There is 12-year-old Davaxha Trollinger's colorful exterior: hot pink threads woven through her hair and a tie-dye dress. And then there's the dark and grim reality of a growing brain tumor beneath that.
Davaxha was born with neurofibromatosis type 1, a genetic disorder that has caused complications, including tumors behind her eyes, at the base of her spine and in her brain.
Two years ago, the pre-teen's illness began manifesting itself physically: her right hand gradually curled inward, the tendons in her right foot tightened so much she began to walk on tip-toes and her mouth drooped with partial paralysis.
In August, the Jessica June Children's Cancer Foundation stepped in to offer $2,500 in financial assistance to Davaxha and her family for basic needs such as rent, car insurance and groceries.
The agency is among dozens of nonprofit groups supported by the Sun Sentinel Children's Fund.
"Believe me, I was so happy. I didn't know where my rent was going to come from," said Davaxha's grandmother, Marjorie Johnson. "It's like you're drowning and someone's thrown a lifeline. That's how it felt."
The cancer foundation is affiliated with seven hospitals in South Florida and is headquartered inside the Broward Health Medical Center in Fort Lauderdale. The hospitals refer children with cancer to the agency.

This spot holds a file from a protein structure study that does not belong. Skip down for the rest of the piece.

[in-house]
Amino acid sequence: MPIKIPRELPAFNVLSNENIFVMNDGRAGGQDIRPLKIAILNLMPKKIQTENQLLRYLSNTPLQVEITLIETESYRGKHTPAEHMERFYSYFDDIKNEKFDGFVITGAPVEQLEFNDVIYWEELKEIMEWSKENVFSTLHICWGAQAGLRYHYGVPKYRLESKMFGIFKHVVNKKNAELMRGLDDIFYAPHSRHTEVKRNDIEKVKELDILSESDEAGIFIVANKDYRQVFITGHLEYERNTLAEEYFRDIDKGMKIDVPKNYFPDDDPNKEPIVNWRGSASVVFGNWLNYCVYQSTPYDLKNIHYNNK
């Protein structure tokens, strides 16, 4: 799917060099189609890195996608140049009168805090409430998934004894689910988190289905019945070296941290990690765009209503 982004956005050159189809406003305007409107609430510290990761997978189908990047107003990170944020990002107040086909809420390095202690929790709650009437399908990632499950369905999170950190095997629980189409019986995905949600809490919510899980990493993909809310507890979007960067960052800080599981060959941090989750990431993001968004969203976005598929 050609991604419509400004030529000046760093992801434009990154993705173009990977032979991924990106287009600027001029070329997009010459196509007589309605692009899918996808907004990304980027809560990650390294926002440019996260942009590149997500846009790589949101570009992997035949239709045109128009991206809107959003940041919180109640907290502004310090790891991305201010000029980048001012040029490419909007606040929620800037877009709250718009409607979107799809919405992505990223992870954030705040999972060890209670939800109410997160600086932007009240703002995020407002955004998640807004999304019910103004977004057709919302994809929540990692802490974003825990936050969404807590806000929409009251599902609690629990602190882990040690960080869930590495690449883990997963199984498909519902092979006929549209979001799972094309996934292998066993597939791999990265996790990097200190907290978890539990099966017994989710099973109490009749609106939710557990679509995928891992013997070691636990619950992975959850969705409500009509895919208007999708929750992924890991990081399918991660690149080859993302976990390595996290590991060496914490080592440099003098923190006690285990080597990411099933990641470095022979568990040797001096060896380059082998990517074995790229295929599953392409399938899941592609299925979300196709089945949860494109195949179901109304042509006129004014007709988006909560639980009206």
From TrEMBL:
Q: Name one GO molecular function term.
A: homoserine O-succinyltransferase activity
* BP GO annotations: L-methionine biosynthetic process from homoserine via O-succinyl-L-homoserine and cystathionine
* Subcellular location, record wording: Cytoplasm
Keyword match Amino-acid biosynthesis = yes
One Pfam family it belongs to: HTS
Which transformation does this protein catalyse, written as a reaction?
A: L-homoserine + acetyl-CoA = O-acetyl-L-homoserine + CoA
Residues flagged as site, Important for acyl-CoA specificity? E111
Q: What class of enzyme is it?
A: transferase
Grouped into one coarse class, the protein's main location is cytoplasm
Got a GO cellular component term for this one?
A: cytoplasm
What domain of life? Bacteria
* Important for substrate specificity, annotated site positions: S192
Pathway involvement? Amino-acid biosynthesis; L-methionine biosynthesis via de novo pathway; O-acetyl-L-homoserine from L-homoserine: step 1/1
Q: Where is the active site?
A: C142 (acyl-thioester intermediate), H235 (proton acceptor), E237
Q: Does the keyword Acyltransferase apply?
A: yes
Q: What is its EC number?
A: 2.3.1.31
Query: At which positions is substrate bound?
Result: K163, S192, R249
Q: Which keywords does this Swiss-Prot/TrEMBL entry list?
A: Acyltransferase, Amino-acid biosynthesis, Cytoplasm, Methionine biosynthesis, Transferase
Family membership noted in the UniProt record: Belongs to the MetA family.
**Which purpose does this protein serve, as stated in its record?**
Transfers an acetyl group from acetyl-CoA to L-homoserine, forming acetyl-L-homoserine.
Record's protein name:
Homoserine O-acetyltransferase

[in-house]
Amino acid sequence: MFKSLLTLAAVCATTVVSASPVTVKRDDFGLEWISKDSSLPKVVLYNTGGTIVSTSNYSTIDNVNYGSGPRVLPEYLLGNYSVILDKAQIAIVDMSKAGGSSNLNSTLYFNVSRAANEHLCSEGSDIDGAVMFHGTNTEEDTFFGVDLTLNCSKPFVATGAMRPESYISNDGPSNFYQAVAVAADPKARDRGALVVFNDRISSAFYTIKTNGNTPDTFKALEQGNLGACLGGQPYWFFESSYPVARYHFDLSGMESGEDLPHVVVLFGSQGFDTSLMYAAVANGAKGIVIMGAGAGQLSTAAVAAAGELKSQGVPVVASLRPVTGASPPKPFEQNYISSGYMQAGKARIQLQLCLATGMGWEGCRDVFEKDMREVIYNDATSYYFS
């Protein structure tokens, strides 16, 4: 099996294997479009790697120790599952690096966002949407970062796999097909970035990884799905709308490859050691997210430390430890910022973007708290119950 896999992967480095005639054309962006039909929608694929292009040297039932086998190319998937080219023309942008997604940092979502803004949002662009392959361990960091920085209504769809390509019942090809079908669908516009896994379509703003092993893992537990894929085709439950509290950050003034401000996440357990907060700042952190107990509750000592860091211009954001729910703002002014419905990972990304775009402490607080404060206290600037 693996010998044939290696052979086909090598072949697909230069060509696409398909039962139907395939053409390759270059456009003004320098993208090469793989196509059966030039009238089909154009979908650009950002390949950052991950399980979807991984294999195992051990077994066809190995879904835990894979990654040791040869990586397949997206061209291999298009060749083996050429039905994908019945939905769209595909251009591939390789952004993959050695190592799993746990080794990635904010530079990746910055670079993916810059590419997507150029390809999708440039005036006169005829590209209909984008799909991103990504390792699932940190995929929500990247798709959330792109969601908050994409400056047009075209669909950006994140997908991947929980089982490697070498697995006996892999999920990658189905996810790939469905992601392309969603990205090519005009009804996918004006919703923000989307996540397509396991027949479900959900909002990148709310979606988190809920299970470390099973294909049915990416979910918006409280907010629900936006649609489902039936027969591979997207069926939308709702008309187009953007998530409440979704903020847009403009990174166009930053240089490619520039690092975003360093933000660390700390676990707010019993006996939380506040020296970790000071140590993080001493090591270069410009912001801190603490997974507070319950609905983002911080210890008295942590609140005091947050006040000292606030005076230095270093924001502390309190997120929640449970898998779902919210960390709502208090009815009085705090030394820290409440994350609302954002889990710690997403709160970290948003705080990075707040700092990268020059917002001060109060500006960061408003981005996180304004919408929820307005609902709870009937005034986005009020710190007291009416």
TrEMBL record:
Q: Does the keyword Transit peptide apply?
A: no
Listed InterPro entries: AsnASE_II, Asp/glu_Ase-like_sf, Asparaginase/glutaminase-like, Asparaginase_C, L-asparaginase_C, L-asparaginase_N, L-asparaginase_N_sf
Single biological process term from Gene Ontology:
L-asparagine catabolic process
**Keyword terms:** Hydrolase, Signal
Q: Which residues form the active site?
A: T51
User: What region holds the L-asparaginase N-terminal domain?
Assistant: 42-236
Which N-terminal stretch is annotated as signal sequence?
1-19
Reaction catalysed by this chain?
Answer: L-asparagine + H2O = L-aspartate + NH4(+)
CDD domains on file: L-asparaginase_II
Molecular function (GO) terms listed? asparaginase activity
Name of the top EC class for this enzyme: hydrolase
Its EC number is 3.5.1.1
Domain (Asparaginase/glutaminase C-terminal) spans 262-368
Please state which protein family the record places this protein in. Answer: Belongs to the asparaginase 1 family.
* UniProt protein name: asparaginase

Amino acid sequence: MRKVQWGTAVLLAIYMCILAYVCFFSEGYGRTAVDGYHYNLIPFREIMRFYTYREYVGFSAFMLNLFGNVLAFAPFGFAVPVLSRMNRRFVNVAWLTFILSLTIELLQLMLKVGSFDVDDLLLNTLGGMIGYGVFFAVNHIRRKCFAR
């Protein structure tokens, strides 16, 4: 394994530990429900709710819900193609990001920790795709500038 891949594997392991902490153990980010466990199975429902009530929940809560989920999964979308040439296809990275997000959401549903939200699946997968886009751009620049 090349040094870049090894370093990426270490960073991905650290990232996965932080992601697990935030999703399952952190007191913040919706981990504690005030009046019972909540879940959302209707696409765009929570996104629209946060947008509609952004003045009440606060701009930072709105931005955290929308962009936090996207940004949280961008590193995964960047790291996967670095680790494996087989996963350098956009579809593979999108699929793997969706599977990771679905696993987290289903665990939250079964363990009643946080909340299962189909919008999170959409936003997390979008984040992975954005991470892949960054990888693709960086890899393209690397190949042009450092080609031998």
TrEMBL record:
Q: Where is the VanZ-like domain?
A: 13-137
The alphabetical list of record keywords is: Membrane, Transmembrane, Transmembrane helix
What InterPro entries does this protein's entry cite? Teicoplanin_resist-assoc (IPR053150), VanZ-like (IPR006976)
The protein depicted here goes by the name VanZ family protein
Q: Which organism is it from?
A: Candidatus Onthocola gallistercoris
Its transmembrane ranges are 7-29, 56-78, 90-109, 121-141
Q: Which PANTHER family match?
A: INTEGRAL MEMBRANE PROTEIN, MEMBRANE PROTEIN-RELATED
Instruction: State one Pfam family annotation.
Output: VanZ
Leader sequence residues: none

Since its launch in 2004, about 400 children and their families have received financial help, said founder Sandra Muvdi.
Muvdi, who lost her young daughter Jessica to a rare form of leukemia, says that caregivers should be able to focus on their children's treatment without worrying about making ends meet.
"They're desperate… in a situation where they're going to be homeless, going to lose their electricity," Muvdi said, "These are families that are trying to focus on something so important, which is their child's survival."
Johnson, 50, gained legal custody of Davaxha and her 8-year-old sister Aryel in August. She assumed the role of primary caretaker after the girls' mother nearly lost them to state custody because of her drug use, said Johnson, a cafeteria worker with the Broward County School District.
Davaxha undergoes chemotherapy weekly to encourage the tumor to shrink, but so far it hasn't.
On the Friday after Thanksgiving, Johnson surprised her granddaughters with a pre-lit Christmas tree, but they were initially more excited about the small tank she also brought home for their pet turtle, Tiana Terry.
It's those simple things that bring a smile to Davaxha's face. She hopes the classmates at Plantation Middle School who tease her can instead take the time to learn about her condition, she said.
"I want people and kids to know about me and my story," a shy Davaxha said. "I'm a good person and I have a good heart. That's how my mom raised me."
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